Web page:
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Ruby

Eppo's Ruby SDK can be used for both feature flagging and experiment assignment:

1. Install the SDK

Install the SDK with gem:

gem install eppo-server-sdk

2. Initialize the SDK

Initialize the SDK with a SDK key, which can be generated in the Eppo interface. Initialization the SDK when your application starts up to generate a singleton client instance, once per application lifecycle:

require 'eppo_client'

config = EppoClient::Config.new('<YOUR_API_KEY>')
client = EppoClient::init(config)

After initialization, the SDK begins polling Eppo’s API at regular intervals to retrieve the most recent experiment configurations such as variation values and traffic allocation. The SDK stores these configurations in memory so that assignments are effectively instant. For more information, see the architecture overview page.

If you are using the SDK for experiment assignments, make sure to pass in an assignment logging callback (see section below).

Define an assignment logger (experiment assignment only)

If you are using the Eppo SDK for experiment assignment (i.e randomization), include a logger instance in the config that is passed to the init function on SDK initialization. The SDK invokes the log_assignment method in the instance to capture assignment data whenever a variation is assigned.

The code below illustrates an example implementation of logging with Segment, but you could also use other event-tracking systems. The only requirement is that the SDK can call a log_assignment method. Here we override Eppo's AssignmentLogger class with a function named log_assignment, then instantiate a config using an instance of the custom logger class, and finally instantiate the client:

require 'segment/analytics'

# Connect to Segment (or your own event-tracking system)
Analytics = Segment::Analytics.new({ write_key: 'SEGMENT_WRITE_KEY' })

class CustomAssignmentLogger < EppoClient::AssignmentLogger
def log_assignment(assignment)
Analytics.track(assignment["subject"], "Eppo Assignment", assignment)
end
end

config = EppoClient::Config.new(
'<YOUR_API_KEY>',
assignment_logger: CustomAssignmentLogger.new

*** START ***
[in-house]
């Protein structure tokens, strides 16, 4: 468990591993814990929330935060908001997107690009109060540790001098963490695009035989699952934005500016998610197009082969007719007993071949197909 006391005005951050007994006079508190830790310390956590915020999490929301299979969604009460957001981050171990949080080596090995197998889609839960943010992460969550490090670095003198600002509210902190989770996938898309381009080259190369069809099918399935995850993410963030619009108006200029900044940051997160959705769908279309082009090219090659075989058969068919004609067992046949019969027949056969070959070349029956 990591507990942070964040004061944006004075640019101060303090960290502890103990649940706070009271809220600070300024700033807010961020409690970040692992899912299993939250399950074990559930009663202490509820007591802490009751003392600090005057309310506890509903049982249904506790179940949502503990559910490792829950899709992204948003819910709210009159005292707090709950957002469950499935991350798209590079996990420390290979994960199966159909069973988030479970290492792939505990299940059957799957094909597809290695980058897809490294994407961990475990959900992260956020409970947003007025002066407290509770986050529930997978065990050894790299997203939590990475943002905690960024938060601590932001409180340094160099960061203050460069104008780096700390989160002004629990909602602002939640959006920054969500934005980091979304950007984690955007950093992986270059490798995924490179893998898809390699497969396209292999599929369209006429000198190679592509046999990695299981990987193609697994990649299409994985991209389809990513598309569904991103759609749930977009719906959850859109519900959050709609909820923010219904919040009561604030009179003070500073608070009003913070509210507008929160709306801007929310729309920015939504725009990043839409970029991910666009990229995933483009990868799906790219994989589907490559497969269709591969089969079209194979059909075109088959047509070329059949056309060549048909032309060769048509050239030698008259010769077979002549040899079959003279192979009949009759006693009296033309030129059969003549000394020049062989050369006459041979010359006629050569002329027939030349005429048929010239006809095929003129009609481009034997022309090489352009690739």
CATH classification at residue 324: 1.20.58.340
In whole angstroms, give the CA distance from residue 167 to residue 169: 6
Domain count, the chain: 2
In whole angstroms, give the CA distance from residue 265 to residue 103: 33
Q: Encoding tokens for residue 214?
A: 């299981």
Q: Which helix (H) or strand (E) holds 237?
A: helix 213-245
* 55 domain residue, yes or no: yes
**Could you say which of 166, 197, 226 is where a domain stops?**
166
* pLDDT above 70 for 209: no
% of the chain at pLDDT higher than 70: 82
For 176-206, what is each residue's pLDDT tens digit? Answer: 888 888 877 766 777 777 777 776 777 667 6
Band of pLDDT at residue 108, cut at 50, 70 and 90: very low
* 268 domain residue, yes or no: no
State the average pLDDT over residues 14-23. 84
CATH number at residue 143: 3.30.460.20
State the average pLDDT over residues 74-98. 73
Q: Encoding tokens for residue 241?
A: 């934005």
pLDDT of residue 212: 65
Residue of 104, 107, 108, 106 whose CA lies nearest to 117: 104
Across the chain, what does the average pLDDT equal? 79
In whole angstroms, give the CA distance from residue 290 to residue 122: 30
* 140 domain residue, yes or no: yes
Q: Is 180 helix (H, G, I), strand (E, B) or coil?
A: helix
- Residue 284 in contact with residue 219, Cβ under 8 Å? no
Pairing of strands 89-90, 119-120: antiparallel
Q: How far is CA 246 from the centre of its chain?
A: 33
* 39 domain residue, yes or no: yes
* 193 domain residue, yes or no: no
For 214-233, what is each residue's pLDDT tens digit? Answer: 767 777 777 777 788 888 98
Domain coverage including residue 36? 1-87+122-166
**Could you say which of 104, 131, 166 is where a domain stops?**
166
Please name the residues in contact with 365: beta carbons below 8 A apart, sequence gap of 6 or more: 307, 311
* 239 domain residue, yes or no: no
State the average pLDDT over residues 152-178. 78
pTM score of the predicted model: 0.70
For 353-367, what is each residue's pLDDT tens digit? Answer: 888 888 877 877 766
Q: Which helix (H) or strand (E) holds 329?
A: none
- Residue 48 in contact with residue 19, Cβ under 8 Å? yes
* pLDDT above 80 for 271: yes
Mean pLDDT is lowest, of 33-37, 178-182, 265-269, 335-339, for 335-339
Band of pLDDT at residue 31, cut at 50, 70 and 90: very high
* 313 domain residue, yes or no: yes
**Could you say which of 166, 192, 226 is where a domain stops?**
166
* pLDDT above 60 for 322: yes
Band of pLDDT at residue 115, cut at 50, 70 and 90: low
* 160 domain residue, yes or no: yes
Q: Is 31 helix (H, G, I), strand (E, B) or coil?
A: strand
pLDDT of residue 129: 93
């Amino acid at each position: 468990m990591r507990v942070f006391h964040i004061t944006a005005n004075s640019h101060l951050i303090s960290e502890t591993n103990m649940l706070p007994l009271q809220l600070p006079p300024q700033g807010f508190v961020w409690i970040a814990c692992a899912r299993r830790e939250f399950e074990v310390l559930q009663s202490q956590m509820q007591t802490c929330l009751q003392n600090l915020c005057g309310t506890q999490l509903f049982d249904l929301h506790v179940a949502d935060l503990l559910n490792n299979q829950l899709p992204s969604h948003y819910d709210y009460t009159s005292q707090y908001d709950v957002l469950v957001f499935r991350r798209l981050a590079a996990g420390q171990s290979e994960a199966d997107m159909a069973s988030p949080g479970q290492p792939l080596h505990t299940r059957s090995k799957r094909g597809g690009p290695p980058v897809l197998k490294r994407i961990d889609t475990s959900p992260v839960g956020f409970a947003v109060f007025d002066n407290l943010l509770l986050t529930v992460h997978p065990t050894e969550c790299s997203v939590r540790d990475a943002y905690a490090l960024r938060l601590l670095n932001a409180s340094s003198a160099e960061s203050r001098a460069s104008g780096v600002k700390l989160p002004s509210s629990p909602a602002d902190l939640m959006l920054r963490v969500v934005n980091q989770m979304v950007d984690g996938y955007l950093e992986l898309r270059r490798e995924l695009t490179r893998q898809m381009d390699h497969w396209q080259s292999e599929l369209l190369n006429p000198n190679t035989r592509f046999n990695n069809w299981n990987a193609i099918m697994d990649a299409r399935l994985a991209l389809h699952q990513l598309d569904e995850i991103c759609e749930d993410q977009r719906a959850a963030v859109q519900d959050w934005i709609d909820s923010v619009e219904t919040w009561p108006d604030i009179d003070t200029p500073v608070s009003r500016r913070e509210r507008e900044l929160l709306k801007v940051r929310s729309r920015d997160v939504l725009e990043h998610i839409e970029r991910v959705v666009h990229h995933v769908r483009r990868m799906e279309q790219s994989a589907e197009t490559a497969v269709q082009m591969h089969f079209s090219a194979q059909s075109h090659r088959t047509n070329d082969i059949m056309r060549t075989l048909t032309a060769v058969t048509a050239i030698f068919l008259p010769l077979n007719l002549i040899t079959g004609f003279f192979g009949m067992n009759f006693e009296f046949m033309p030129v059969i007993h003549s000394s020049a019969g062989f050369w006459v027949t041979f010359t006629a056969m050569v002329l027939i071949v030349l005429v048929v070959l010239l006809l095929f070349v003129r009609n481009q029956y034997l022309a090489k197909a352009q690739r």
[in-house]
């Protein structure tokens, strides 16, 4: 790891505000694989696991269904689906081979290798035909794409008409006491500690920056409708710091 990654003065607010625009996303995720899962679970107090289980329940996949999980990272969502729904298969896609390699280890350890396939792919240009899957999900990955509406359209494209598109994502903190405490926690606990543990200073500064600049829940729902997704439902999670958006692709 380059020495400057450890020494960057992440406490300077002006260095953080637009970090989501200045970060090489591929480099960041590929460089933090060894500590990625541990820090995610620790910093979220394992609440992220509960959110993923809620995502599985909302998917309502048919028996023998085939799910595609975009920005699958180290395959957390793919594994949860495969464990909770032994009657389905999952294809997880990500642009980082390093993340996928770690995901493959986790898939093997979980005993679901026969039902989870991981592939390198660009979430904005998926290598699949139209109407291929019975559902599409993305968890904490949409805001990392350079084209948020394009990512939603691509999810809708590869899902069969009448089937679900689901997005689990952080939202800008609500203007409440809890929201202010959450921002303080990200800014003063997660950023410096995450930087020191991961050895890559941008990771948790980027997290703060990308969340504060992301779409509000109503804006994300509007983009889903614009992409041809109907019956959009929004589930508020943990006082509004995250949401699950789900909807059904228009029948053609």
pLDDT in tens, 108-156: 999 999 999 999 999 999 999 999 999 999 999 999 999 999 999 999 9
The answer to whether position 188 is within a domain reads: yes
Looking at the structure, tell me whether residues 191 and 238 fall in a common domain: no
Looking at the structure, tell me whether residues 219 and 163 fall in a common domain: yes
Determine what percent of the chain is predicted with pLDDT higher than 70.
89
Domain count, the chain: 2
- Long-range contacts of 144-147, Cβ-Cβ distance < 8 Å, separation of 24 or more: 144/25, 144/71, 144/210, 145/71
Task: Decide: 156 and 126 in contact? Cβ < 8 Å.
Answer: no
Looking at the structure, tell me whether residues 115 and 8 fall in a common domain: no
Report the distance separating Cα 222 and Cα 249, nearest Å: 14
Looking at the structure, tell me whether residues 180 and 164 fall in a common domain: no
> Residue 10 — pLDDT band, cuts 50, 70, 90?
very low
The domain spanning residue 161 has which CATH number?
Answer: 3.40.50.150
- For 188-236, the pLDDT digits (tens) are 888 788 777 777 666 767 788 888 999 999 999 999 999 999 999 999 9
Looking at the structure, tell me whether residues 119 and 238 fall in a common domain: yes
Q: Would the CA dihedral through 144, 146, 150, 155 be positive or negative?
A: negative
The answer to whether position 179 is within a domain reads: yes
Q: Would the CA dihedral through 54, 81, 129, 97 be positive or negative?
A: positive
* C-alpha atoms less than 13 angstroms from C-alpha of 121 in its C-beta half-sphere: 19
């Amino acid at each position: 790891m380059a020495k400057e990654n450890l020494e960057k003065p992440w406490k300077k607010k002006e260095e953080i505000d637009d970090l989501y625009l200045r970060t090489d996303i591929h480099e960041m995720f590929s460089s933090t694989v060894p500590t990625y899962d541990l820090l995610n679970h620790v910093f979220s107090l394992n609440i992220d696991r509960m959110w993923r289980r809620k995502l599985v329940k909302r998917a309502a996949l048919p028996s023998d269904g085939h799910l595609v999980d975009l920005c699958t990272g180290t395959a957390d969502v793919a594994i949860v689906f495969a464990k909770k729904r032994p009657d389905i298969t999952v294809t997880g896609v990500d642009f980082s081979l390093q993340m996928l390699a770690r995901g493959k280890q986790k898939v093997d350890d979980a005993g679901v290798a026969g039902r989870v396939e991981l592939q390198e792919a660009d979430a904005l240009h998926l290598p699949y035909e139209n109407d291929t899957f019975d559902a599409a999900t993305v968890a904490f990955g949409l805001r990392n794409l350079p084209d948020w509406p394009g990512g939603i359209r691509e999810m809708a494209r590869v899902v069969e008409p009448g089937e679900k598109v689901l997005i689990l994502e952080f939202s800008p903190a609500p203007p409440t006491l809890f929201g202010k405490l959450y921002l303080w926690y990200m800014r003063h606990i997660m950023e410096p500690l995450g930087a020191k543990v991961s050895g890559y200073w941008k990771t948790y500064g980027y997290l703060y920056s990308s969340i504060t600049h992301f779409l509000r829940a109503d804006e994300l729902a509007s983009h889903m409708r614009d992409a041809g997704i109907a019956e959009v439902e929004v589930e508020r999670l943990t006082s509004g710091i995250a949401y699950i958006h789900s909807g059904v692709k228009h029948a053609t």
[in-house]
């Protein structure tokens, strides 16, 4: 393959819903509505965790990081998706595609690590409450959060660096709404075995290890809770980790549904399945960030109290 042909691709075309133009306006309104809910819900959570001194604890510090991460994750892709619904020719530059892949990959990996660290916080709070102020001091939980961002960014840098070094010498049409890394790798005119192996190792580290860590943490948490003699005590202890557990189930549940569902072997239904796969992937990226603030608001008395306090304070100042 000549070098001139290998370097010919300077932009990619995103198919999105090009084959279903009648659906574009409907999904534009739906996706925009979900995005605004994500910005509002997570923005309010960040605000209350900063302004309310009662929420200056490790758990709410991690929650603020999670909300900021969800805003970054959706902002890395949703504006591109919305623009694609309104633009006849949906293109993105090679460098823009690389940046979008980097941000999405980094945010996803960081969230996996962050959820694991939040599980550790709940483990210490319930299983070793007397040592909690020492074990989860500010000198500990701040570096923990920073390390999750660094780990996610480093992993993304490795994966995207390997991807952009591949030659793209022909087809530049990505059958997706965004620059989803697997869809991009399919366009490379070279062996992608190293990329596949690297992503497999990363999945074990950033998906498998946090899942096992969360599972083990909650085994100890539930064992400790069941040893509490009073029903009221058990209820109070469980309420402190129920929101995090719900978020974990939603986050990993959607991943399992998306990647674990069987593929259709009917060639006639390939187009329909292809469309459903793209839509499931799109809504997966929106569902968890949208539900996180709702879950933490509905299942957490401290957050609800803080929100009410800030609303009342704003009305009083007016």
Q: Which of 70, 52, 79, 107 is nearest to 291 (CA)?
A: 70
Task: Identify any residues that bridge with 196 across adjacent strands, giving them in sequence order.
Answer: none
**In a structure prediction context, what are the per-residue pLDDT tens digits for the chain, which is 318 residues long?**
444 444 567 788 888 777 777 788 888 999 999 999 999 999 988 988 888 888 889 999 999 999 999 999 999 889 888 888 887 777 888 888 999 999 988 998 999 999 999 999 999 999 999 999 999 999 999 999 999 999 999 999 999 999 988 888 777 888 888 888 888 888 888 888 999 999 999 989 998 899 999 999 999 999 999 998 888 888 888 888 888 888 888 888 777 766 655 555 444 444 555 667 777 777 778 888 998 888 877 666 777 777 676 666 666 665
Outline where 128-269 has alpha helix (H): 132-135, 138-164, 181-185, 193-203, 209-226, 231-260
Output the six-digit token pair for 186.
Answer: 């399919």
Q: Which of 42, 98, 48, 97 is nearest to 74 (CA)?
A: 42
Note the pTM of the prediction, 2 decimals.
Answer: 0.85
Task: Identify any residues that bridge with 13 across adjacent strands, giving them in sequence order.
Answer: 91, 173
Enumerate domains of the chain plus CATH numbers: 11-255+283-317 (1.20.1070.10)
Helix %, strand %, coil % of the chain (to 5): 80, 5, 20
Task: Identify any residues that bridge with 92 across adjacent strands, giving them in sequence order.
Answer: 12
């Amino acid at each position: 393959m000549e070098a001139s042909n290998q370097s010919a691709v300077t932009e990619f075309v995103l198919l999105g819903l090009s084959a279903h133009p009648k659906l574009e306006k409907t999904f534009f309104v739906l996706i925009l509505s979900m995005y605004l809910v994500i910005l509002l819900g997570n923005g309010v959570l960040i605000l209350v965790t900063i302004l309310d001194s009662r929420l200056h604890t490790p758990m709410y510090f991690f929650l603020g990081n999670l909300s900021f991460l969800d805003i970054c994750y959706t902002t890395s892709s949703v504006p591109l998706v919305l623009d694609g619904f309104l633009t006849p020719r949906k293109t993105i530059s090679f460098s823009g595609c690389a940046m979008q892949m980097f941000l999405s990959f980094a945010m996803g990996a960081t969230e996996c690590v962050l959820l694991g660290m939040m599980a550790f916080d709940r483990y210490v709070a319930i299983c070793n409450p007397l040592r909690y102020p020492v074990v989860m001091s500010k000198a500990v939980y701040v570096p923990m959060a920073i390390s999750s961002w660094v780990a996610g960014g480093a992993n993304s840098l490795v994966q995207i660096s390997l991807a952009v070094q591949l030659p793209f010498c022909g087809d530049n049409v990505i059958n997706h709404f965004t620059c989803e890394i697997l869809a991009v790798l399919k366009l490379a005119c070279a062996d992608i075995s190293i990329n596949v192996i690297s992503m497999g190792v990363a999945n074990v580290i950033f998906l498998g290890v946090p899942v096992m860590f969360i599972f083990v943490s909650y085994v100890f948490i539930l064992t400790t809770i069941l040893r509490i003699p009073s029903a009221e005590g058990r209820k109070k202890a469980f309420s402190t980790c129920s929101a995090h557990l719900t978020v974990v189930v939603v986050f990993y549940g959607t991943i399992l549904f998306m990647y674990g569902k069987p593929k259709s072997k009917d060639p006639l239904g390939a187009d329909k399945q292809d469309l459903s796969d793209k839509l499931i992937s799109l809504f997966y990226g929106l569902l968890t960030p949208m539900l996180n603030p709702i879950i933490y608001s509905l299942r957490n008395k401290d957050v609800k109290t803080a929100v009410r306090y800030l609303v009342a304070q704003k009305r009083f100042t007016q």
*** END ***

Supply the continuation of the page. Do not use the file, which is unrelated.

)
client = EppoClient::init(config)

The SDK will invoke the log_assignment function with an assignment object that contains the following fields:

FieldDescriptionExample
experiment (string)An Eppo experiment key"recommendation-algo-allocation-17"
subject (string)An identifier of the subject or user assigned to the experiment variationUUID
variation (string)The experiment variation the subject was assigned to"control"
timestamp (string)The time when the subject was assigned to the variation2021-06-22T17:35:12.000Z
subjectAttributes (map)A Hash of metadata about the subject. These attributes are only logged if passed to the SDK assignment function{ "country": "US" }
featureFlag (string)An Eppo feature flag key"recommendation-algo"
allocation (string)An Eppo allocation key"allocation-17"
note

More details about logging and examples (with Segment, Rudderstack, mParticle, and Snowplow) can be found in the event logging page.

3. Assign variations

Assigning users to flags or experiments with a single get_string_assignment function:

require 'eppo_client'

client = EppoClient::Client.instance
variation = client.get_string_assignment(
'<SUBJECT-KEY>',
'<FLAG-OR-EXPERIMENT-KEY>',
{
# Optional map of subject metadata for targeting.
}
)

The get_string_assignment function takes two required and one optional input to assign a variation:

  • subject_key - The entity ID that is being experimented on, typically represented by a uuid.
  • flag_or_experiment_key - This key is available on the detail page for both flags and experiments.
  • subject_attributes - An optional map of metadata about the subject used for targeting. If you create rules based on attributes on a flag/experiment, those attributes should be passed in on every assignment call.

Typed assignments

Additional functions are available:

get_boolean_assignment(...)
get_numeric_assignment(...)
get_json_string_assignment(...)
get_parsed_json_assignment(...)

Handling nil

We recommend always handling the nil case in your code. Here are some examples of when the SDK returns nil:

  1. The Traffic Exposure setting on experiments/allocations determines the percentage of subjects the SDK will assign to that experiment/allocation. For example, if Traffic Exposure is 25%, the SDK will assign a variation for 25% of subjects and nil for the remaining 75% (unless the subject is part of an allow list).

  2. Assignments occur within the environments of feature flags. You must enable the environment corresponding to the feature flag's allocation in the user interface before getStringAssignment returns variations. It will return nil if the environment is not enabled.

Toggle to enable environment

  1. If get_string_assignment is invoked before the SDK has finished initializing, the SDK may not have access to the most recent experiment configurations. In this case, the SDK will assign a variation based on any previously downloaded experiment configurations stored in local storage, or return nil if no configurations have been downloaded.

Debugging nil

If you need more visibility into why get_string_assignment is returning nil, you can change the logging level to Logger::DEBUG to see more details in the standard output.

require 'eppo_client'
require 'logger'

client = EppoClient::Client.instance
variation = client.get_string_assignment(
'<SUBJECT-KEY>',
'<FLAG-OR-EXPERIMENT-KEY>',
{},
Logger::DEBUG
)

note

It may take up to 10 seconds for changes to Eppo experiments to be reflected by the SDK assignments.